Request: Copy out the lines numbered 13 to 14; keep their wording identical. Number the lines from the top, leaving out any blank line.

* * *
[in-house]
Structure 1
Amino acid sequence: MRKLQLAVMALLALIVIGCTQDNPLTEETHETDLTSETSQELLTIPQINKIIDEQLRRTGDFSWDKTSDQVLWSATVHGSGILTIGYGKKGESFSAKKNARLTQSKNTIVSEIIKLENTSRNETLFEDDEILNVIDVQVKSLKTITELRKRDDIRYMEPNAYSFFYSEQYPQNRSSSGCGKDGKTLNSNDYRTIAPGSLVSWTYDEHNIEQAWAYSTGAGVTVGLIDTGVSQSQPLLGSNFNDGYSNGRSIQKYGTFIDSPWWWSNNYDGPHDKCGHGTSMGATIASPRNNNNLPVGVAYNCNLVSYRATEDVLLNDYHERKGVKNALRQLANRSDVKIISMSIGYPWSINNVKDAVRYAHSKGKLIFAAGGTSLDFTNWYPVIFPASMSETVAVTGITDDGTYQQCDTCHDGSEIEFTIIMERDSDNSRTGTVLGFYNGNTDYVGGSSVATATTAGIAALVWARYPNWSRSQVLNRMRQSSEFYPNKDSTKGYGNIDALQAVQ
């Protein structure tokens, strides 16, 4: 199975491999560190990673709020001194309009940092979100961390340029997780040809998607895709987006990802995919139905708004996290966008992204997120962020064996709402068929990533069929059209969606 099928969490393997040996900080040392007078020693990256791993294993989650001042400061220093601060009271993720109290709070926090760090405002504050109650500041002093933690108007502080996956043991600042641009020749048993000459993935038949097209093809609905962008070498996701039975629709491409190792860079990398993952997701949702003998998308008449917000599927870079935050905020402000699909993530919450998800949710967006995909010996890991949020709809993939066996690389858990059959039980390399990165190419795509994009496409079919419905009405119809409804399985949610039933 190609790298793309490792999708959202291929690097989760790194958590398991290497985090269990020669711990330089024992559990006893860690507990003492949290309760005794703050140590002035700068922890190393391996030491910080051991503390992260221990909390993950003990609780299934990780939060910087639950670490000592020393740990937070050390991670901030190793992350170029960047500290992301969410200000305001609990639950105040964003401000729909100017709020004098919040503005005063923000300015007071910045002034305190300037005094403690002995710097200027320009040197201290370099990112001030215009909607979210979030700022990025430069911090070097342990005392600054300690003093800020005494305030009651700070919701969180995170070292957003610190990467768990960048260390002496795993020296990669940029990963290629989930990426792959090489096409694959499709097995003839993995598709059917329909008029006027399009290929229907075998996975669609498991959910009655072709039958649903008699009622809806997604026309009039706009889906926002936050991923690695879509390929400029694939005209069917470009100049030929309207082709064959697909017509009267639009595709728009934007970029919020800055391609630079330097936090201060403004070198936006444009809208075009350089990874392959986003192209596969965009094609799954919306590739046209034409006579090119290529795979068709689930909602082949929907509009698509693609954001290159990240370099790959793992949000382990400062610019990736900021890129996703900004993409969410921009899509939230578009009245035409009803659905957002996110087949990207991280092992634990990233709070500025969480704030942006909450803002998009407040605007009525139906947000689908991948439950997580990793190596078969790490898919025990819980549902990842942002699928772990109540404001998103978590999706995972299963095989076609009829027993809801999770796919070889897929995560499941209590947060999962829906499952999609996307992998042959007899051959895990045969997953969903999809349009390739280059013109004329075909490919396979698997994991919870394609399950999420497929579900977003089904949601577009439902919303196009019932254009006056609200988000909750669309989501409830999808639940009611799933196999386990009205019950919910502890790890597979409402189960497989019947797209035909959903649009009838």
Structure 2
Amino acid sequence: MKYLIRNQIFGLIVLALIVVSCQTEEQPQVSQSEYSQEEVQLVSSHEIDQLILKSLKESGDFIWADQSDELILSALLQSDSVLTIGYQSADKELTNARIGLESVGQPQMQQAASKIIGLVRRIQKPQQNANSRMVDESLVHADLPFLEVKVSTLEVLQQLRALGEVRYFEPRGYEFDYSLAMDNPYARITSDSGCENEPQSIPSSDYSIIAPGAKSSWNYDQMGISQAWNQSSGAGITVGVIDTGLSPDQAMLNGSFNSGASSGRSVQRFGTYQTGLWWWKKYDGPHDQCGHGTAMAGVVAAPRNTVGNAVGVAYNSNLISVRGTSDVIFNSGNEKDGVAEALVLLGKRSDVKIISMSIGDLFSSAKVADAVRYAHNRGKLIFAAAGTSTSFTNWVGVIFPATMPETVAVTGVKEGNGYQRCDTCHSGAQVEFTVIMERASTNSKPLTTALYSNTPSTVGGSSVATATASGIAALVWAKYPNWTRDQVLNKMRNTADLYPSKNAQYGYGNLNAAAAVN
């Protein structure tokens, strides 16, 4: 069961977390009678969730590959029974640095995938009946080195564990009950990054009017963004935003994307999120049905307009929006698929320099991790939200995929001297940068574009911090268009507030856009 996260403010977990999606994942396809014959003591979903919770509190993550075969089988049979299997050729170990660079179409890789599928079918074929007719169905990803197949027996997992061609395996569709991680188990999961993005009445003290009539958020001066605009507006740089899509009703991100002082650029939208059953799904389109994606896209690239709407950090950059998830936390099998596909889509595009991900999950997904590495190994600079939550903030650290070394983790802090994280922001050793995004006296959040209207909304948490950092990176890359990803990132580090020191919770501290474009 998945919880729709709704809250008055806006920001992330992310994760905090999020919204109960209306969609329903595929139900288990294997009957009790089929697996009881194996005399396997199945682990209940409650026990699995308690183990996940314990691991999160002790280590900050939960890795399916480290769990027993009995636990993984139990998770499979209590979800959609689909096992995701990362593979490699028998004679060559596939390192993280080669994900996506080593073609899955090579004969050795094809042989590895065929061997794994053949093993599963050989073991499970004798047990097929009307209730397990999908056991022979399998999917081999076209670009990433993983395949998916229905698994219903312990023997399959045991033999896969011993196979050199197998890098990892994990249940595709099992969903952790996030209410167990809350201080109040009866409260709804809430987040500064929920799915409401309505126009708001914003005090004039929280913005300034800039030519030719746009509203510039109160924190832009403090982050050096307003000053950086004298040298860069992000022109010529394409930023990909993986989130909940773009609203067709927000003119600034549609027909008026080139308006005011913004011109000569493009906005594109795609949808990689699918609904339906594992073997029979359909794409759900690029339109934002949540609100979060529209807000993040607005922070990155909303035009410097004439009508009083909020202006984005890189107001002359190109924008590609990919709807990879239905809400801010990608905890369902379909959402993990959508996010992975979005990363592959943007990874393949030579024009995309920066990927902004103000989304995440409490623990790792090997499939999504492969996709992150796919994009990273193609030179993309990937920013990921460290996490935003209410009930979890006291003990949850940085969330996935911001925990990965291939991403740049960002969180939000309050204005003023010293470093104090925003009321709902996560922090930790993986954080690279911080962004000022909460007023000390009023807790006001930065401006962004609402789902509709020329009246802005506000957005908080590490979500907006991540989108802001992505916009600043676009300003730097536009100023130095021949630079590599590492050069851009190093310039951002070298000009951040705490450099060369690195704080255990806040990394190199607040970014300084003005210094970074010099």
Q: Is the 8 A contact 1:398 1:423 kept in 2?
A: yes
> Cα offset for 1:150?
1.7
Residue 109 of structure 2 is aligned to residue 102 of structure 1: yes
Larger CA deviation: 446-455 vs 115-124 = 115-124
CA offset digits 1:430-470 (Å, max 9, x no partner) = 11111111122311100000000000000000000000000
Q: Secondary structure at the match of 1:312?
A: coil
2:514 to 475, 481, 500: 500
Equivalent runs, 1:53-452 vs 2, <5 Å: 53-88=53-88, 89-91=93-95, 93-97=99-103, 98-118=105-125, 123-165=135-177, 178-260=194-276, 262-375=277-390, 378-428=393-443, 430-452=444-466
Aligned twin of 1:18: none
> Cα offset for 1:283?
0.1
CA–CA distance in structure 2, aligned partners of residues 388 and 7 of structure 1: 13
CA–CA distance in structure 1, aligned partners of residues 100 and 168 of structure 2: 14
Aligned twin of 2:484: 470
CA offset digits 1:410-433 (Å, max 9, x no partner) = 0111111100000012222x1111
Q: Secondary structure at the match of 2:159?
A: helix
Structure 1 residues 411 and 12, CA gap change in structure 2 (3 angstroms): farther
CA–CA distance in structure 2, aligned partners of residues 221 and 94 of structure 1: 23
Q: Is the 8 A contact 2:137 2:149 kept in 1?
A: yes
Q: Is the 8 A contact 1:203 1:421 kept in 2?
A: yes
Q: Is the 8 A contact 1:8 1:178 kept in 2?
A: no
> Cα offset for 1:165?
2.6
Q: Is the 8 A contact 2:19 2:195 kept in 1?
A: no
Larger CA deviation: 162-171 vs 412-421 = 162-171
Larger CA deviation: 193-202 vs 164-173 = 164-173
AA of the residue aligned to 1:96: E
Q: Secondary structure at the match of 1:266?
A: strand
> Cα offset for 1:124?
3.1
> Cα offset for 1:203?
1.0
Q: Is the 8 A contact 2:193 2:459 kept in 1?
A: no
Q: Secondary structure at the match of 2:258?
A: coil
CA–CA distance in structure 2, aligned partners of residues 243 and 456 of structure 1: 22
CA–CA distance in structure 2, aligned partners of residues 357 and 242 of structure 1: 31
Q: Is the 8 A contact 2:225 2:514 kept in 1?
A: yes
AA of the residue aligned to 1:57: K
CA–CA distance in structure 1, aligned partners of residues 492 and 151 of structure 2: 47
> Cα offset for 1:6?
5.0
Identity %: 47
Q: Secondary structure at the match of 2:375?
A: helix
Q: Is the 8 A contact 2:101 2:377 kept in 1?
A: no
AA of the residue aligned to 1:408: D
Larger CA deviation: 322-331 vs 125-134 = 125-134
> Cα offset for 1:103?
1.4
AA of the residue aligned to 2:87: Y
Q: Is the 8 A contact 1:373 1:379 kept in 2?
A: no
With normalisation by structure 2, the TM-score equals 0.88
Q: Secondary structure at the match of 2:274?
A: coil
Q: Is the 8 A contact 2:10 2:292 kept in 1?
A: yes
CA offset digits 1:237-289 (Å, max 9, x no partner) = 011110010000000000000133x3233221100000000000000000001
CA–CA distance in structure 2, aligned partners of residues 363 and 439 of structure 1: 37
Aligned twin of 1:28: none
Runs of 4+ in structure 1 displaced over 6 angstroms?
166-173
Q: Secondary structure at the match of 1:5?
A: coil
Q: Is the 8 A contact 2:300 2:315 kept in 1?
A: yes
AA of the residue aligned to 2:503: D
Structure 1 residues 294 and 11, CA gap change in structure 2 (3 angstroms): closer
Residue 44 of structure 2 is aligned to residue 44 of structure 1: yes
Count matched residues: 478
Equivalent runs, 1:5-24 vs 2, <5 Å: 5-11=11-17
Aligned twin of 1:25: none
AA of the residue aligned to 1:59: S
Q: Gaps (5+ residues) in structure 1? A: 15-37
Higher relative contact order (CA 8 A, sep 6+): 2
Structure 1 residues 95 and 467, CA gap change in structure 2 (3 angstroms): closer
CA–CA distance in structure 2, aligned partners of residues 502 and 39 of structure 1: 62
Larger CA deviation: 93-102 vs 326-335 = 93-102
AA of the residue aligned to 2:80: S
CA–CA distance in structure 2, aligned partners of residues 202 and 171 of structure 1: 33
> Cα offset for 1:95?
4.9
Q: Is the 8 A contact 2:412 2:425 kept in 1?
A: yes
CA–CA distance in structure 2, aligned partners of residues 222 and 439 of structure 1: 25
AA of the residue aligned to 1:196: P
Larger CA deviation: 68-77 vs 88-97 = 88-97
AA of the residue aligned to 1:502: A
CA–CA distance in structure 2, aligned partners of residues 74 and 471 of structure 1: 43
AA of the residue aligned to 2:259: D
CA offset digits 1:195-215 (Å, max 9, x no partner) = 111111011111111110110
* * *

Larger CA deviation: 446-455 vs 115-124 = 115-124
CA offset digits 1:430-470 (Å, max 9, x no partner) = 11111111122311100000000000000000000000000